The doctor chuckled as he launched into an explanation. The test, he said, is named for the kind-hearted fellow who developed it: George N. Papanicolaou, a Greek-born anatomist; he lived from 1883 to1962. His test, typically performed by a licensed medical practitioner during a routine pelvic exam, he assured her, detects cancerous or precancerous cells of the cervix, allowing for early diagnosis of cancer.

The Pap smear, he continued proudly, has helped reduce the death rate from cervical cancer by 70 percent since its introduction in the 1940s. The test is 70 to 95 percent accurate in detecting cervical abnormalities.

 “Come back for another check-up  3 YEARS’ time,” he concluded. Postmenopausal women, he said, were at increased risk for cervical cancer; so, it’s important for older women to continue receiving Pap smears throughout their lives. He went on to recommend that her daughter (my friend) show up and get the Human Papilloma Virus (HPV) vaccine for younger women. Fair enough.

Meanwhile, he was so impressed by her conscientiousness in paying attention to her health that he volunteered to give her a full medical check-up whenever she wanted one. She, for sure, had been quite pleased and relieved; she expressed her gratitude profusely, again and again, as the Yoruba’s are wont to do.

I, on my part, was elated that my ‘Prompt Mum’ – my friend’s actually, but you get my drift –was given a clean bill of health. I have a good feeling from knowing she’s safe, at least for now.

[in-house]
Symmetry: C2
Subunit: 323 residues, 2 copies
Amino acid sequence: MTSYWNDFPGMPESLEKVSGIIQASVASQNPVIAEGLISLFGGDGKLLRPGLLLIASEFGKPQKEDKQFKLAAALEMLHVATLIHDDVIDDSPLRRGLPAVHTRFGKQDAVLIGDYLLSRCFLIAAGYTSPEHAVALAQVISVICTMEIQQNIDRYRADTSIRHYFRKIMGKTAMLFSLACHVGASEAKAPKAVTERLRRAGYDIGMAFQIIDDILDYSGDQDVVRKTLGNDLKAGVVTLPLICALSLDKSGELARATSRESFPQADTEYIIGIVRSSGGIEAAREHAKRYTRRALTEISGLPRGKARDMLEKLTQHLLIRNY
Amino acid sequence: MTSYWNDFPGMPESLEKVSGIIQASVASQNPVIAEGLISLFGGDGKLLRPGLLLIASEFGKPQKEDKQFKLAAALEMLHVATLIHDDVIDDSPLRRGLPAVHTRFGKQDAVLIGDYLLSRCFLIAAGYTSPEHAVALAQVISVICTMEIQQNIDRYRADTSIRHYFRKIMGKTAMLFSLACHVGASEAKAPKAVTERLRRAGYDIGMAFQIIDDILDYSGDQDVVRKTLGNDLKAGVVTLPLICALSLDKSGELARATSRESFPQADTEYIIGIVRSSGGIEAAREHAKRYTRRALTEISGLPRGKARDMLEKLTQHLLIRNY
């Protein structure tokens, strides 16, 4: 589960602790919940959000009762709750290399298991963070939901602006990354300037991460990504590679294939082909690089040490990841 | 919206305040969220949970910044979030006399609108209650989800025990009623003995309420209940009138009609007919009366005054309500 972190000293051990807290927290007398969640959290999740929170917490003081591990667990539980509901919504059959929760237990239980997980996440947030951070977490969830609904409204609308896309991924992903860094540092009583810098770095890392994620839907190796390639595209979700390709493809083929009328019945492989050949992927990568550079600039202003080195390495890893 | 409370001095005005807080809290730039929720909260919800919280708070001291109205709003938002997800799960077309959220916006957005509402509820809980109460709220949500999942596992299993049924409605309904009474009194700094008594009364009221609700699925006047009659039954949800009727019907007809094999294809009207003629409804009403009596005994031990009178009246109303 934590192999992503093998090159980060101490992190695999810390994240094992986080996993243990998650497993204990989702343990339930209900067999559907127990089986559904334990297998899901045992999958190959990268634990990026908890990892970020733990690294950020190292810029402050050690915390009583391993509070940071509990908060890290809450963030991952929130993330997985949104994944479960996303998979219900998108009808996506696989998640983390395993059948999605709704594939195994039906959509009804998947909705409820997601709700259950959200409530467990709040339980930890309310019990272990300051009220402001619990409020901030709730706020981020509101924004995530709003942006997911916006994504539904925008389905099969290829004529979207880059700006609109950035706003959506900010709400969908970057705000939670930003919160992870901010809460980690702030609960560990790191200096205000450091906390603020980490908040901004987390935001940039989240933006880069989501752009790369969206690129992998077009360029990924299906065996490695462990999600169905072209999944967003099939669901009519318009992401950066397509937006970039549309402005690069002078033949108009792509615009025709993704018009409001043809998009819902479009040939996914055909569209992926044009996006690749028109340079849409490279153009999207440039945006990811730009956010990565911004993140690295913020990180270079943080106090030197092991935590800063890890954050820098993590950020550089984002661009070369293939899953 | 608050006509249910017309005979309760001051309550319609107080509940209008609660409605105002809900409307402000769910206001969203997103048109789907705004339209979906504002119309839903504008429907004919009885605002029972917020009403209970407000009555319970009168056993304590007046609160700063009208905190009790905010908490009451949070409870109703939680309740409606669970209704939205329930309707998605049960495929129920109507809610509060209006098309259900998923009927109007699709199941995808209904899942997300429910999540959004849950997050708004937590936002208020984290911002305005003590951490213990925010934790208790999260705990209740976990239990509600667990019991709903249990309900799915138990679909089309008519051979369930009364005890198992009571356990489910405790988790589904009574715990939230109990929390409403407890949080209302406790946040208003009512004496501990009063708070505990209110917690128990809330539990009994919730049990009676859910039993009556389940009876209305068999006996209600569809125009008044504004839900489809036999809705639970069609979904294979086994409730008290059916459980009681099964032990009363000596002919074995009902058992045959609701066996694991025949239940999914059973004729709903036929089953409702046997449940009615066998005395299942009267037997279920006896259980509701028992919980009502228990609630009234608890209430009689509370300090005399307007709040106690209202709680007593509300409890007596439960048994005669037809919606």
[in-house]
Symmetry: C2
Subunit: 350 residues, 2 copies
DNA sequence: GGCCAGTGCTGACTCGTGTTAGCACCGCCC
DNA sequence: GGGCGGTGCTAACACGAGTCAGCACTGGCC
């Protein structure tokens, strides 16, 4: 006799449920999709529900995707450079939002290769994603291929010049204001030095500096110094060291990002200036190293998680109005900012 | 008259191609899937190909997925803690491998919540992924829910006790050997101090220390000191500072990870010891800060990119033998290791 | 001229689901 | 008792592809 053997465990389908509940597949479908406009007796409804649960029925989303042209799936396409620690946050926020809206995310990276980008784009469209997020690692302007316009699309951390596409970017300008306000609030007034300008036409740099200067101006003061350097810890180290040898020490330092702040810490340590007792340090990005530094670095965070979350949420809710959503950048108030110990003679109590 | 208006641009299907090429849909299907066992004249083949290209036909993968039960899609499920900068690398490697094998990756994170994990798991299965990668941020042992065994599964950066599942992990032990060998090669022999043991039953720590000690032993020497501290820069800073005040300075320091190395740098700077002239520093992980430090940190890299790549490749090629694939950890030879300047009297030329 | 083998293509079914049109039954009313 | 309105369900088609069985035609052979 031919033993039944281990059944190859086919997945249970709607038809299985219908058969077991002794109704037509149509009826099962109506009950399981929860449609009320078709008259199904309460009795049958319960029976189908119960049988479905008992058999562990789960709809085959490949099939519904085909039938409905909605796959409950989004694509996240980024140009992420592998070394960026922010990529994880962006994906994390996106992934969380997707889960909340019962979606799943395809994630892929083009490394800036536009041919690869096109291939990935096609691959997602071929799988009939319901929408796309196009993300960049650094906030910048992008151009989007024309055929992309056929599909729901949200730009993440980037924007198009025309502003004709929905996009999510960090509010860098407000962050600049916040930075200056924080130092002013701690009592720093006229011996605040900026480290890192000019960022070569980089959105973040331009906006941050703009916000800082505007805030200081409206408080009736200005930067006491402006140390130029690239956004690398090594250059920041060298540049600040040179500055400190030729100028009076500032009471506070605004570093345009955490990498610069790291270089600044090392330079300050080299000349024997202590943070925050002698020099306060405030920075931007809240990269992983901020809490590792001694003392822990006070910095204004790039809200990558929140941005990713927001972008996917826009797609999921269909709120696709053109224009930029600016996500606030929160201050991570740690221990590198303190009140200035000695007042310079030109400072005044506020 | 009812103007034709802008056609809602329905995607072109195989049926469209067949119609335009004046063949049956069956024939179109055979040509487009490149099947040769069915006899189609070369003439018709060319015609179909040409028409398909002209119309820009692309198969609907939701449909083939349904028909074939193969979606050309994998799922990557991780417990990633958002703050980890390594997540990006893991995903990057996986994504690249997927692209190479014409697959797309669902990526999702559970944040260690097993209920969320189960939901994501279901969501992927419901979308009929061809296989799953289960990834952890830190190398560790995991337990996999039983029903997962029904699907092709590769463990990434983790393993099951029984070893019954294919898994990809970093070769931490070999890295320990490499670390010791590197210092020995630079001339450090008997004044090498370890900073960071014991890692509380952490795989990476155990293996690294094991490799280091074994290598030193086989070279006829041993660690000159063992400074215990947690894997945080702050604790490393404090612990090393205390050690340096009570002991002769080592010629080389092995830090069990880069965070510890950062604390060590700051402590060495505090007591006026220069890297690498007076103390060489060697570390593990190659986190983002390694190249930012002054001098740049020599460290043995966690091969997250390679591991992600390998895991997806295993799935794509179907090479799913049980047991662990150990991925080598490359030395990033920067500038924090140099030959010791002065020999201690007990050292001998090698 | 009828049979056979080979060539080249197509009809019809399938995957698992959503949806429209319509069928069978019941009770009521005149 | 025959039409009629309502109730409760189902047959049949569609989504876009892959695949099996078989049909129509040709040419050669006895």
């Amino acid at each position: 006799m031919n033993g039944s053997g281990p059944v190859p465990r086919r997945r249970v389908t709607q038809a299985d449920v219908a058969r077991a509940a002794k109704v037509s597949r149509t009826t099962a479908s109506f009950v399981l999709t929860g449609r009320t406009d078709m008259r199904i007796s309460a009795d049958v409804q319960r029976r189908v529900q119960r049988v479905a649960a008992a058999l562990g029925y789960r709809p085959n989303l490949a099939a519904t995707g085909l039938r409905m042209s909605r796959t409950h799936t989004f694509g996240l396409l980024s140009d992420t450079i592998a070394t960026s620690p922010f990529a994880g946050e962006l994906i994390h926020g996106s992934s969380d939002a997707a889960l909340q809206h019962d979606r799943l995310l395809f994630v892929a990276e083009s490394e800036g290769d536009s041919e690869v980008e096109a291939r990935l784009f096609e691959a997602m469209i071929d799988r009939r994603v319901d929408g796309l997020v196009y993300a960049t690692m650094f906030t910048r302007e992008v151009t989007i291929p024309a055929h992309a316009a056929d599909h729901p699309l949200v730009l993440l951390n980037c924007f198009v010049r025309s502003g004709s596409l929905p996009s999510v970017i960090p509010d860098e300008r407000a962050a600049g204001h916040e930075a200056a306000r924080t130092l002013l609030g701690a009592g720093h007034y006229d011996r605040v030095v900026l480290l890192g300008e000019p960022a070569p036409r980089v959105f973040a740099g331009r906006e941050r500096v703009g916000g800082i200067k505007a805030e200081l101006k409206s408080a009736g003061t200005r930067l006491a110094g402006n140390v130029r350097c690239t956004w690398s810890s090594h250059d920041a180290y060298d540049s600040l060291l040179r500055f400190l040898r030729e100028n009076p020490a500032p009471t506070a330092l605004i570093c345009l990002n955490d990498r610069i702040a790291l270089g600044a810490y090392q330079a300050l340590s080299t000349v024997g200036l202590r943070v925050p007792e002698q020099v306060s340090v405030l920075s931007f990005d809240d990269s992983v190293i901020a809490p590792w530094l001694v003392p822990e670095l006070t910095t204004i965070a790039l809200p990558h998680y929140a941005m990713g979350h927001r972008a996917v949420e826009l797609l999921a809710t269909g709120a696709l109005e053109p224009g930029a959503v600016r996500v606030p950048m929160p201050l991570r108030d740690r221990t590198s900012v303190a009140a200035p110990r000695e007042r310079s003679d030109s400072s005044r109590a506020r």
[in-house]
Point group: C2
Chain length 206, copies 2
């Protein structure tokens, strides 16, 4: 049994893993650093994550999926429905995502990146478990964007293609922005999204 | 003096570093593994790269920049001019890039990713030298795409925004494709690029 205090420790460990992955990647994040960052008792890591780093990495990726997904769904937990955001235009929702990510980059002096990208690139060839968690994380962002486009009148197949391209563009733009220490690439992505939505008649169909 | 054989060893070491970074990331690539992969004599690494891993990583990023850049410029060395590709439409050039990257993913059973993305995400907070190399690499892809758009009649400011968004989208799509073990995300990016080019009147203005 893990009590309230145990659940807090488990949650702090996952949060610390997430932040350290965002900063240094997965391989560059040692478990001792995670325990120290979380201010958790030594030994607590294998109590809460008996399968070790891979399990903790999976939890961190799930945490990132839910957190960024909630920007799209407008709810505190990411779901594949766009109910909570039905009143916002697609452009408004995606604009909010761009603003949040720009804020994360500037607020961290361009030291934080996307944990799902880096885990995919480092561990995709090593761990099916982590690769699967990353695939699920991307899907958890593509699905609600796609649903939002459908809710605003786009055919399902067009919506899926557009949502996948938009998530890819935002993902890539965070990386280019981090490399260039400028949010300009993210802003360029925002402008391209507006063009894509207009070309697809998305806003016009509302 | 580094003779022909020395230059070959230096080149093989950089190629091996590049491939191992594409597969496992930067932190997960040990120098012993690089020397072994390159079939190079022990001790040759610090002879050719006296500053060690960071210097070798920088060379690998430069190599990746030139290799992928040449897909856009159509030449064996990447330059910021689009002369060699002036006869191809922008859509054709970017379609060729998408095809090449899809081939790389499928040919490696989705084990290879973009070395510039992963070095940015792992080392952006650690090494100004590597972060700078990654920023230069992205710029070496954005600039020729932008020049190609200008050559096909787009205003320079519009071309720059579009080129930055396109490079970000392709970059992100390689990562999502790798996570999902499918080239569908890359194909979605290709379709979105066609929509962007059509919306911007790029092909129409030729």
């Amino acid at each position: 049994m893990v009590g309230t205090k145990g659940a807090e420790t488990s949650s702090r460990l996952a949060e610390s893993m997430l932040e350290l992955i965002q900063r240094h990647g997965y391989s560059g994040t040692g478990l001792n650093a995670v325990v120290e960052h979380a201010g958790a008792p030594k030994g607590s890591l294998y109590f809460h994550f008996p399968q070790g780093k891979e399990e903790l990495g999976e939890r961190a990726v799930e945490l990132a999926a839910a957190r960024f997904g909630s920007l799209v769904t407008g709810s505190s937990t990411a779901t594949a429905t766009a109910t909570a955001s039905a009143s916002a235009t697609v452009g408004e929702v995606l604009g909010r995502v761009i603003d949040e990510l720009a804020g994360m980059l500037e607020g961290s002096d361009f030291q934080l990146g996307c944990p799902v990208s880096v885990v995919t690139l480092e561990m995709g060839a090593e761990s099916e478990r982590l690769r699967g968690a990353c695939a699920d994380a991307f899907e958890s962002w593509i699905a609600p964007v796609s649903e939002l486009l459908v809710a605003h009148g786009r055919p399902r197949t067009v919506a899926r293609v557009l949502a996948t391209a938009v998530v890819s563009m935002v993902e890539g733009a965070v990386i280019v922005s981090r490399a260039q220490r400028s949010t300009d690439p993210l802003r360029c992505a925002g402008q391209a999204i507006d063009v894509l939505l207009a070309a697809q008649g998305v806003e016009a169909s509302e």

As I see it, the charity may well have to set out from home and make stops down the street before it can begin to make any headway. Now that’s something to write home about!


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Dear Sir/Madam

I’d like to tell you a bit more about CENTRE FOR PUBLIC HEALTH and an exciting new opportunity we have been given.

CENTER FOR PUBLIC HEALTH works in Nigeria providing free drugs and medical services to poor, indigent and vulnerable people with hypertension and diabetes who cannot afford their healthcare cost especially the pensioners who have not received their pension for 25 months. Since we were founded in 2006, we have assisted 100,000 people. For example, just last year we helped Mr. Udo I Udom (pensioner) a diabetic and hypertensive patient, with a high level of blood sugar and high blood pressure, who could not afford his treatment by providing him with free drugs and consultation, currently his blood sugar and blood pressure is under control. 

We need your support, TO DONATE CLICK BELOW

We’re also going to need your help spreading the word! Please share this opportunity with your friends and family! Thank you!


Dr. C’fine Okorochukwu

Executive Director

Centre for Public Health




We are running out of Drugs